Have you found yourself struggling to adapt and cope during COVID-19? Rest assured – you are not alone! So many people I have spoken to since “lockdown” started, expressed how initially they struggled with the lack of routine and meaning in their day, not being able to do certain things, go certain places and spend time with certain people. Add in the pressure of working from home or not working at all. I myself initially struggled to adapt but quiet quickly I found that having a routine and adding meaning to my day has made this all the more bearable and at times, even enjoyable. But I have to admit the structure of my day changed completely during lockdown and I just hope that I can incorporate and maintain the new aspects into my life even after lockdown.
The start to the day is and always will be the most important. I continued to set my alarm each morning (on weekdays!!). I then took 10 minutes to meditate, before getting out of bed. I found this helped me to relax and ground myself, making it easier to cope with the challenges that lay ahead in the day. I then took some time to journal, using this time to write down the three things that I am grateful for and listing my three priorities for that day. After journaling I read for a short while, increasing my knowledge and again giving myself a focus for the day ahead. Finally, I would make my bed. In a podcast that I recently listened to they stressed the importance of simply making your bed each day because, if you achieved nothing else in that day, then at least you had achieved that. Once I had found my little morning routine I felt like it didn’t really matter what else happened during the day that I had started the day off right at least.
Same goes for winding down at night time. I try to switch off my phone at least one hour before I plan on going to sleep. I then like to spend some time thinking about my day and I ask myself two journal questions; how did I grow today and who did I positively impact. I find that this encourages me to focus on the positives, as so often we go to bed thinking of the negatives. Finally, I like to read, to help me switch my mind off everything that happened in the day, which is really important before trying to go to sleep.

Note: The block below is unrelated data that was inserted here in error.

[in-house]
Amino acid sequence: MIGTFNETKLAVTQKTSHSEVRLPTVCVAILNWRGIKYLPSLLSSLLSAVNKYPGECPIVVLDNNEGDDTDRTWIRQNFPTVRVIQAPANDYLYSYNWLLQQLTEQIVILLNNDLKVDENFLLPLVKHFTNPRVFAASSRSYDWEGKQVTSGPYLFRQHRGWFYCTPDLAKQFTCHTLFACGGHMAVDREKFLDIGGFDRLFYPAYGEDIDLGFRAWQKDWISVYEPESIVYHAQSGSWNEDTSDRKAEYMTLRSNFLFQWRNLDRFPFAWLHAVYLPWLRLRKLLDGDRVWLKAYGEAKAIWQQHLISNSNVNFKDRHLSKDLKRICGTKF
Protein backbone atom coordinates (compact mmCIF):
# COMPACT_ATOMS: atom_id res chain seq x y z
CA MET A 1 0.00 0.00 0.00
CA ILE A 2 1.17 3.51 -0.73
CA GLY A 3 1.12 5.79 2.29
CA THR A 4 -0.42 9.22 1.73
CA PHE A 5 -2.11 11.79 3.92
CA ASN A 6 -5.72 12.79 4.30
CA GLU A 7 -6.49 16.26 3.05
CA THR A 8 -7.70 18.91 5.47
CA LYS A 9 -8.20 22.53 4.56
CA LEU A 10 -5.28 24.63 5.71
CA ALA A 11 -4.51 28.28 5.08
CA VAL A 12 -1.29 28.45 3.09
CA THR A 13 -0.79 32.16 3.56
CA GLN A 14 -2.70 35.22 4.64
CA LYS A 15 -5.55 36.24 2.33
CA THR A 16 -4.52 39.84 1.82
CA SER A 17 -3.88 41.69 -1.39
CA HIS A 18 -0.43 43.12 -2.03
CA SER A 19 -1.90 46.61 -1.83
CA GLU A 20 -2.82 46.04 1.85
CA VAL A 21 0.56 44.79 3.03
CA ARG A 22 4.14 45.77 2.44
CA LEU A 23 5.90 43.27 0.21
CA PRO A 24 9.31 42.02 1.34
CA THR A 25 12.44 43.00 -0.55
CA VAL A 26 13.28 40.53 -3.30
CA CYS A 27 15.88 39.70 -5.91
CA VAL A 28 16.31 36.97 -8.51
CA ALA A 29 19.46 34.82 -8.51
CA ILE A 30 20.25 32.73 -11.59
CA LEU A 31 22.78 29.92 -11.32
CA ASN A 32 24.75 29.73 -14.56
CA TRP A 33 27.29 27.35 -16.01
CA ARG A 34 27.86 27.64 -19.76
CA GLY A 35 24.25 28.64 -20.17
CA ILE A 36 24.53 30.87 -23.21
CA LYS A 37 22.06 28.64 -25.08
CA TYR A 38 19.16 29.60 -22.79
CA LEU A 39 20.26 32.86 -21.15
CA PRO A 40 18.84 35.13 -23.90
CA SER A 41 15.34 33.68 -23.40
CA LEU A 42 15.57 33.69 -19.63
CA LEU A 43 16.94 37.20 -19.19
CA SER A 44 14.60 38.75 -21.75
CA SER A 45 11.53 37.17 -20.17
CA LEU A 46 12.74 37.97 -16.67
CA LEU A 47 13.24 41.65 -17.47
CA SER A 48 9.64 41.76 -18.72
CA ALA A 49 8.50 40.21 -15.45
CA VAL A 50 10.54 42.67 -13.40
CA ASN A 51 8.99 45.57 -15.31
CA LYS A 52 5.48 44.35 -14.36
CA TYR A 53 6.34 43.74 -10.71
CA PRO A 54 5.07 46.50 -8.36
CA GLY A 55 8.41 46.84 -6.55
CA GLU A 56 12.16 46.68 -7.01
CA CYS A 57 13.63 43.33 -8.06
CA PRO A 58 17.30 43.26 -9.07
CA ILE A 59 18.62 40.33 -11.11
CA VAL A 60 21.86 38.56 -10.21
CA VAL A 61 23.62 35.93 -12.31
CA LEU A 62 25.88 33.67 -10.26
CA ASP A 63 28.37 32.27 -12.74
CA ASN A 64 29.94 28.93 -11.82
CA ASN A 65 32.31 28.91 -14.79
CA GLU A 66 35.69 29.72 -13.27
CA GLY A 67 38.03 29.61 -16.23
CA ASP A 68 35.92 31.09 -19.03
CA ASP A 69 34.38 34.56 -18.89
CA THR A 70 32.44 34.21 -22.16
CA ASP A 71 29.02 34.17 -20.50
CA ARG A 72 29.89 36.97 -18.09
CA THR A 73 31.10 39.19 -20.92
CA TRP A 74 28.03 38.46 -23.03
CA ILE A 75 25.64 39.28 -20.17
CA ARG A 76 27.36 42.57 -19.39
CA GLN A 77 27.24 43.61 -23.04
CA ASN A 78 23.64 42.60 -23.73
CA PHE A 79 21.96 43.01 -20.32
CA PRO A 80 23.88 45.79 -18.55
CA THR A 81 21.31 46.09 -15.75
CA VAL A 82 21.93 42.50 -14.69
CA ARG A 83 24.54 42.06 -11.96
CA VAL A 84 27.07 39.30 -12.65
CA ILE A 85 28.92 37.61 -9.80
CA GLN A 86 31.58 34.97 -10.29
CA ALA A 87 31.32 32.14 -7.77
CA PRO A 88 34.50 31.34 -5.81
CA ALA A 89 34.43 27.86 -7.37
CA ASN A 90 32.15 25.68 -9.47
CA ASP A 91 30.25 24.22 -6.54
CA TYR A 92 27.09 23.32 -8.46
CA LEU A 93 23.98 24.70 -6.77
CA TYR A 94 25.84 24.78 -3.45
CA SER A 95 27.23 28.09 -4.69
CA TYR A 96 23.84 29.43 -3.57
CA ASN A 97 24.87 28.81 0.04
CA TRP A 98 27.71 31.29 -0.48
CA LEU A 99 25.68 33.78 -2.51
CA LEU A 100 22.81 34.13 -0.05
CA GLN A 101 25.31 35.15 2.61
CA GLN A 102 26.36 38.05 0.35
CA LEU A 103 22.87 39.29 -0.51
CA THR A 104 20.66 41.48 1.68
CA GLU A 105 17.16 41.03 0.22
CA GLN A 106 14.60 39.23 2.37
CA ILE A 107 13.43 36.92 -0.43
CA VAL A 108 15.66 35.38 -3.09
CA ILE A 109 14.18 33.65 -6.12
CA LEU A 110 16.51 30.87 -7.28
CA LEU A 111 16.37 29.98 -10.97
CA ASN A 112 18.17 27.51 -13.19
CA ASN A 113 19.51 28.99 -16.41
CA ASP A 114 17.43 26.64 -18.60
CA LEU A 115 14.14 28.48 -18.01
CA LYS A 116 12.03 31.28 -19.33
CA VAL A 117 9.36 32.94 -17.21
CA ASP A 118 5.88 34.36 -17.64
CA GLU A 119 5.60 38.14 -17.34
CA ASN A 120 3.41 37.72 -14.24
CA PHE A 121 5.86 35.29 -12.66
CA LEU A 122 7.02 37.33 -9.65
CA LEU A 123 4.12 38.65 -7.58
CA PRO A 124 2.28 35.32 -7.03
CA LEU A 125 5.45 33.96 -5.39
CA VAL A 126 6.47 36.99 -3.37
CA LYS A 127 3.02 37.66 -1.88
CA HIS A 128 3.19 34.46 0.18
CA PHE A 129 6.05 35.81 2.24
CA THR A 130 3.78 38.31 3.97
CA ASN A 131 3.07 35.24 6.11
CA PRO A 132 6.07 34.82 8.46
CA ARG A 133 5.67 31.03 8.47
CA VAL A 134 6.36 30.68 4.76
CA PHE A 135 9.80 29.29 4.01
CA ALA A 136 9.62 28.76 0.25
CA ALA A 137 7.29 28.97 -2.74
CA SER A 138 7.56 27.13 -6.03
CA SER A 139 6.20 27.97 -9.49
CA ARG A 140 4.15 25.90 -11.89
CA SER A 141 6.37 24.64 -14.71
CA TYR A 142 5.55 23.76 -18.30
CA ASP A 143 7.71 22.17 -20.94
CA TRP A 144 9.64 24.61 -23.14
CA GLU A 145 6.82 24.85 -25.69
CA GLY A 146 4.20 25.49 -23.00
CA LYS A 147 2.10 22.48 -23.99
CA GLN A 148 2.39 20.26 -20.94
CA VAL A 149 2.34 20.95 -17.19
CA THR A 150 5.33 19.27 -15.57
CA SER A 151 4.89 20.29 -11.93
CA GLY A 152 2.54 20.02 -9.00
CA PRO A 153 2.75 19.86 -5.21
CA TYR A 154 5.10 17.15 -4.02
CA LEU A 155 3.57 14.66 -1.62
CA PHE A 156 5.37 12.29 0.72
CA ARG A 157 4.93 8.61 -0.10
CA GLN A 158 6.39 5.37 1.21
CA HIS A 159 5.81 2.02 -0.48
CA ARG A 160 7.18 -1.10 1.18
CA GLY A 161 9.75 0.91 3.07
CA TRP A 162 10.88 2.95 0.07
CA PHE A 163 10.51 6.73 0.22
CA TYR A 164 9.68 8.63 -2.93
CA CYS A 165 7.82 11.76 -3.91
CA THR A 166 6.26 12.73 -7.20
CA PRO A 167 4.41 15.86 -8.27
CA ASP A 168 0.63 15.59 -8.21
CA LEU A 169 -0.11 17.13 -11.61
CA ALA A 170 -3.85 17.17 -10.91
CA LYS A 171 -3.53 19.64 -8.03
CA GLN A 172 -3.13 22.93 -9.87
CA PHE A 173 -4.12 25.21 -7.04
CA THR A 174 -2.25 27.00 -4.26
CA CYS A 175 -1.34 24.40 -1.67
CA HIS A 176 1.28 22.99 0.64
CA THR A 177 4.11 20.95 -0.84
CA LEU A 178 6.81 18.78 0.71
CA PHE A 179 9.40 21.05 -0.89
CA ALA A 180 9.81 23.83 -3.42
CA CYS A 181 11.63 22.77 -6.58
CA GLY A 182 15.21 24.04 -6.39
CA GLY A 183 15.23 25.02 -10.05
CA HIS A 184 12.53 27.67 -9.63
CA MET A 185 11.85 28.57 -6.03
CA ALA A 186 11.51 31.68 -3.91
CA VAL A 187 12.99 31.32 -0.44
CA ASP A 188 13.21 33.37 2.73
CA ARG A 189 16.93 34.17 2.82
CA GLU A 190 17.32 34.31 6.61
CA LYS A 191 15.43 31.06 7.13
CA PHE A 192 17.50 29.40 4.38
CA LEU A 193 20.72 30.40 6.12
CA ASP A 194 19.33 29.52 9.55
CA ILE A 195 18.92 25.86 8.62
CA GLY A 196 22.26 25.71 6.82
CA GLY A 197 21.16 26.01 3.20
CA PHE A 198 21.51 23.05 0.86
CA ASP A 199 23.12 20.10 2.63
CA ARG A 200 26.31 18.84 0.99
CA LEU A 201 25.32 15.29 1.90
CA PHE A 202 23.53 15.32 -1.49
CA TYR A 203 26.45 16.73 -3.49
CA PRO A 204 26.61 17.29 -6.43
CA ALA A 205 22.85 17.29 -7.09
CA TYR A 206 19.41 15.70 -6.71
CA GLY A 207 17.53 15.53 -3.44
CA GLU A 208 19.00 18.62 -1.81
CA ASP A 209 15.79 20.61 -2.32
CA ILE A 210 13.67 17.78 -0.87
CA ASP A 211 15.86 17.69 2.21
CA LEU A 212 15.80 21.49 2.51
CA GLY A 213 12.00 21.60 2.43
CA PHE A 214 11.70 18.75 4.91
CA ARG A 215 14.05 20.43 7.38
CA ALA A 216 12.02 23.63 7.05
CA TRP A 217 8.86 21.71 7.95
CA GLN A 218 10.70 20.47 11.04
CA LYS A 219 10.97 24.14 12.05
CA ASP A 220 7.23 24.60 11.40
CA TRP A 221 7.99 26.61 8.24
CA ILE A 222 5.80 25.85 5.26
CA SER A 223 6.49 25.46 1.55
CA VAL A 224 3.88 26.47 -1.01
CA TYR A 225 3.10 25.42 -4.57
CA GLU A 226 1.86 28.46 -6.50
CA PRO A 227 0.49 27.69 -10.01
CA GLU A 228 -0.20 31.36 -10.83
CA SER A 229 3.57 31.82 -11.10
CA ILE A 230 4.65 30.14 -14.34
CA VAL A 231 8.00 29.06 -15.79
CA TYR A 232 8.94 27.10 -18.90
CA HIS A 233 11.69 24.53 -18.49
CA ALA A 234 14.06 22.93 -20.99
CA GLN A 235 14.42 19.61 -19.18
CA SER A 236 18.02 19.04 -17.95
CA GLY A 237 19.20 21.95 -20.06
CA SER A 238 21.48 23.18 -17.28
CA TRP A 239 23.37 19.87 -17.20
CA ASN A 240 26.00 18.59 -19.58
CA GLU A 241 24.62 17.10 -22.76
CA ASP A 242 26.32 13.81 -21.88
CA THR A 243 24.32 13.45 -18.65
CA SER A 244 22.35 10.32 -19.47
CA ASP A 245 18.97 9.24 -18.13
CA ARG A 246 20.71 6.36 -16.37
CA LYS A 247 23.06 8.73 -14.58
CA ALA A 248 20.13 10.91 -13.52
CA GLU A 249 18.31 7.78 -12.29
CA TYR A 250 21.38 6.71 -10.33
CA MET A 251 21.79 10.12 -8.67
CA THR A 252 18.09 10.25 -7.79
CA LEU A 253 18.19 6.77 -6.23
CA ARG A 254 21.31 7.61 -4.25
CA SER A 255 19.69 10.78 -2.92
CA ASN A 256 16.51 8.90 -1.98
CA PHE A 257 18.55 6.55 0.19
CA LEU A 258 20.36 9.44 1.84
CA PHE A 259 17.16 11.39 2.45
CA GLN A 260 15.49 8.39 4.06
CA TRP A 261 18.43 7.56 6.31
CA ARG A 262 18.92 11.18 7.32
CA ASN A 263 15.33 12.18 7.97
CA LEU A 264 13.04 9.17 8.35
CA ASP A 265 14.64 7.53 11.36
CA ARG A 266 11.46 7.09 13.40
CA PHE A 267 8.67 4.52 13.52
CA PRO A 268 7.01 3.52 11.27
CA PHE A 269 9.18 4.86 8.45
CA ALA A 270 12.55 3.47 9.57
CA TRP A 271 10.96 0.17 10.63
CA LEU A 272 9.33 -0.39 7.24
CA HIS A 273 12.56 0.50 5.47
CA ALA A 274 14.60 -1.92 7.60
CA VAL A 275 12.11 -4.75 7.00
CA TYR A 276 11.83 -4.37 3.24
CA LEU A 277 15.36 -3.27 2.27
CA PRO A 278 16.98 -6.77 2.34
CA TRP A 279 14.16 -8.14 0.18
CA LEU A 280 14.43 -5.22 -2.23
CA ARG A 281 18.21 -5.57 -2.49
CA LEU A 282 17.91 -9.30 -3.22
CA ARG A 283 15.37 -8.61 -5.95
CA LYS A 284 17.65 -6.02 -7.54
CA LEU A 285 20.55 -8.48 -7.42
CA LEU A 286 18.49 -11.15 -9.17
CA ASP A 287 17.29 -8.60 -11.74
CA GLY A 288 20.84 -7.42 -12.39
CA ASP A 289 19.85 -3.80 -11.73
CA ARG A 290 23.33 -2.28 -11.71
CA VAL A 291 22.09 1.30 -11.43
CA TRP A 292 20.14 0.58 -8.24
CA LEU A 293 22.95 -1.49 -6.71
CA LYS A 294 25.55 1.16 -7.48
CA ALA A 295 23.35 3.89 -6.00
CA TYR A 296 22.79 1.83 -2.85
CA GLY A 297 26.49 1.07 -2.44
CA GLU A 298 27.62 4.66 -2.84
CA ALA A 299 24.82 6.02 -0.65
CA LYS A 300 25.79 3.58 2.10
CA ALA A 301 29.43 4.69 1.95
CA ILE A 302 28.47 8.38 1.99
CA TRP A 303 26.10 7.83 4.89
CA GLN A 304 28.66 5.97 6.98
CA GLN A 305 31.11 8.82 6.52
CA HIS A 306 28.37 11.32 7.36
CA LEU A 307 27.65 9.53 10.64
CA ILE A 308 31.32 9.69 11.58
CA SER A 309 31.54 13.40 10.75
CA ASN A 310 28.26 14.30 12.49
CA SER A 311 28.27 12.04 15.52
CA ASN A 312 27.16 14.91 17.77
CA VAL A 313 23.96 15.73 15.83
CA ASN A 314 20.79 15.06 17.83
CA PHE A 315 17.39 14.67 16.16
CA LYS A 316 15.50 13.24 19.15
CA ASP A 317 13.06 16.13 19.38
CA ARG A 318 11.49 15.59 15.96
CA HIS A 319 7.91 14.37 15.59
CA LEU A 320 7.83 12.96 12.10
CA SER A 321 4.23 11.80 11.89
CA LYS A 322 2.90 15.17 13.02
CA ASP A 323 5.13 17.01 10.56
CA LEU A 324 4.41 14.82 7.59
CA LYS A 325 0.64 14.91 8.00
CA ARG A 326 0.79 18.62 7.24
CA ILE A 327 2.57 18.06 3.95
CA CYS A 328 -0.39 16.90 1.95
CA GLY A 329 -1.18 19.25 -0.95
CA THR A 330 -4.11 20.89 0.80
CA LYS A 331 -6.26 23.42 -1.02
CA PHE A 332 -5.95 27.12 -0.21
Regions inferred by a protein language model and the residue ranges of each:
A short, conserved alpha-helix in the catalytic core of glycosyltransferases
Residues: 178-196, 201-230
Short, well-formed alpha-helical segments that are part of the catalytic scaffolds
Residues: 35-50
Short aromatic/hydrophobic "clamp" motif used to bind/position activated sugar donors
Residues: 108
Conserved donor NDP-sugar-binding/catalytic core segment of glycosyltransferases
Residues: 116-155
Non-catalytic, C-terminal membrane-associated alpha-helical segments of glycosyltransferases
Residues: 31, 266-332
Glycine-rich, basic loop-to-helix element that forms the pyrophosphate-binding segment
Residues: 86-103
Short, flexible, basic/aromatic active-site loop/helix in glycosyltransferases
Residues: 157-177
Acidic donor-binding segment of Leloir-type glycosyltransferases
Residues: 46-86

I cannot stress how important it is to set yourself daily tasks that are achievable and realistic, and if you find yourself struggling with these daily tasks then don’t beat yourself up, it just means you may have fallen out of habit. That feeling when you haven’t completed a task you aimed to complete can almost put you off doing any task. The feeling of incompletion can de-motivate you. Just like when you go to a personal trainer for a session and he pushes you too hard and all your thinking is “I’m never doing this again”. This is why good personal trainers ease you in so that you don’t get disheartened. And this is what we must do with our daily habits!
We must ease ourselves into good habits and become 1% better each day. Don’t try to up the pace by 50% in your first week. Yes, you might be able to run 5k every day for a week but how many of us can continue to stick to that? I know I sure haven’t! The key to healthy habits is not the intensity of the rep, it’s how many reps you do.
Remember learning to drive? How difficult it seemed – and now you can go from one end of the country to the next without even thinking about what gear you need to be in going around a roundabout. This is the goal for your healthy habits. You want to have done that many reps that it seems effortless and automatic.
How many of you forget to brush your teeth in the morning? Exactly! You can make habits seem effortless if you just put the reps in!
If you are a person who struggles to implement habits, a good place to start would be by reading the book; ATOMIC HABITS, which suggests that improving your daily habits by even 1% can lead to a huge impact in many areas of your life! Perhaps start by adopting the two-minute rule;
The two-minute rule:
- Instead of aiming for 10 pages of a book, aim for 2.
- Instead of 5k do 1k.
- Instead of one course do the introduction to the course.
- Instead of a 40 minutes treadmill watch a ten-minute ted talk on the treadmill before breakfast.
- Instead of 15 minutes meditating do 2 minutes.
- Instead of doing all your emails aim for 2 emails.
- Instead of a whole workout aim for 10 reps.
The key is to master the art of showing up and the habit will soon place itself in the automatic part of the brain.
Remember this too shall pass and I hope that we all can see the light today, in even the smallest of places, be it a cup of tea, a hot shower, a friendly smile or a shoulder to cry on. No matter how you feel today, try remember that behind the darkness lies a great a wonderful light and no matter how bad or challenging we feel something is, it too shall pass and the light will re-emerge. #thistooshallpass #therewillbelight
|If you are feeling down for long periods of time over the next few weeks or feel like you are stuck in a rut that you just cannot get out of, it is worth speaking to someone about how you are feeling. Reach out, do not suffer alone & remember…
“It’s Okay not to be Okay & It’s absolutely Okay to ask for help!”
The article is written by Leanne, Newly Qualified and Pre-accredited Counsellor at The DMC Clinic. If you would like to discuss how any of the topics mentioned above are impacting your mental health, please contact The DMC Clinic to arrange an appointment.